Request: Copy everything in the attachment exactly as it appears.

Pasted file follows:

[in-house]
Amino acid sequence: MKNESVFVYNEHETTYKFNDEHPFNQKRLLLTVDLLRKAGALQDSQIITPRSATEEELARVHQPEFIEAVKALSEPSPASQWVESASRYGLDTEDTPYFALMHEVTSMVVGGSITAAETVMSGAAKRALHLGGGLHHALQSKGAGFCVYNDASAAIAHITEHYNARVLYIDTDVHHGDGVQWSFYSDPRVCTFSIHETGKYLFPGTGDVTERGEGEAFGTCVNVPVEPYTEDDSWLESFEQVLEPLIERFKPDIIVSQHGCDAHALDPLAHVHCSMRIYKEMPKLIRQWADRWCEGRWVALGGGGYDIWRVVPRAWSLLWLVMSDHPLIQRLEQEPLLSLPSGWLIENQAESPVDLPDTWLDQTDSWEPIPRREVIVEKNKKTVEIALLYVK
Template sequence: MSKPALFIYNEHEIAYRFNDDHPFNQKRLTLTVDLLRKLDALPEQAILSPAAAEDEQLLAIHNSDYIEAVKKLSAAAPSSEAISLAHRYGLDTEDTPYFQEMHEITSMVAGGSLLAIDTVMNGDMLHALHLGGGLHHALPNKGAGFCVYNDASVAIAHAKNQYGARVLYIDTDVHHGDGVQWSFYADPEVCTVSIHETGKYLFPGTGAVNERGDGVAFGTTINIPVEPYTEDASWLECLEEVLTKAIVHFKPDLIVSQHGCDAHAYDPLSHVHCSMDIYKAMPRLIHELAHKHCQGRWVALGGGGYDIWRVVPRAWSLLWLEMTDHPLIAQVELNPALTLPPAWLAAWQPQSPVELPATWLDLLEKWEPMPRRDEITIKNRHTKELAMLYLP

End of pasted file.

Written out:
[in-house]
Amino acid sequence: MKNESVFVYNEHETTYKFNDEHPFNQKRLLLTVDLLRKAGALQDSQIITPRSATEEELARVHQPEFIEAVKALSEPSPASQWVESASRYGLDTEDTPYFALMHEVTSMVVGGSITAAETVMSGAAKRALHLGGGLHHALQSKGAGFCVYNDASAAIAHITEHYNARVLYIDTDVHHGDGVQWSFYSDPRVCTFSIHETGKYLFPGTGDVTERGEGEAFGTCVNVPVEPYTEDDSWLESFEQVLEPLIERFKPDIIVSQHGCDAHALDPLAHVHCSMRIYKEMPKLIRQWADRWCEGRWVALGGGGYDIWRVVPRAWSLLWLVMSDHPLIQRLEQEPLLSLPSGWLIENQAESPVDLPDTWLDQTDSWEPIPRREVIVEKNKKTVEIALLYVK
Template sequence: MSKPALFIYNEHEIAYRFNDDHPFNQKRLTLTVDLLRKLDALPEQAILSPAAAEDEQLLAIHNSDYIEAVKKLSAAAPSSEAISLAHRYGLDTEDTPYFQEMHEITSMVAGGSLLAIDTVMNGDMLHALHLGGGLHHALPNKGAGFCVYNDASVAIAHAKNQYGARVLYIDTDVHHGDGVQWSFYADPEVCTVSIHETGKYLFPGTGAVNERGDGVAFGTTINIPVEPYTEDASWLECLEEVLTKAIVHFKPDLIVSQHGCDAHAYDPLSHVHCSMDIYKAMPRLIHELAHKHCQGRWVALGGGGYDIWRVVPRAWSLLWLEMTDHPLIAQVELNPALTLPPAWLAAWQPQSPVELPATWLDLLEKWEPMPRRDEITIKNRHTKELAMLYLP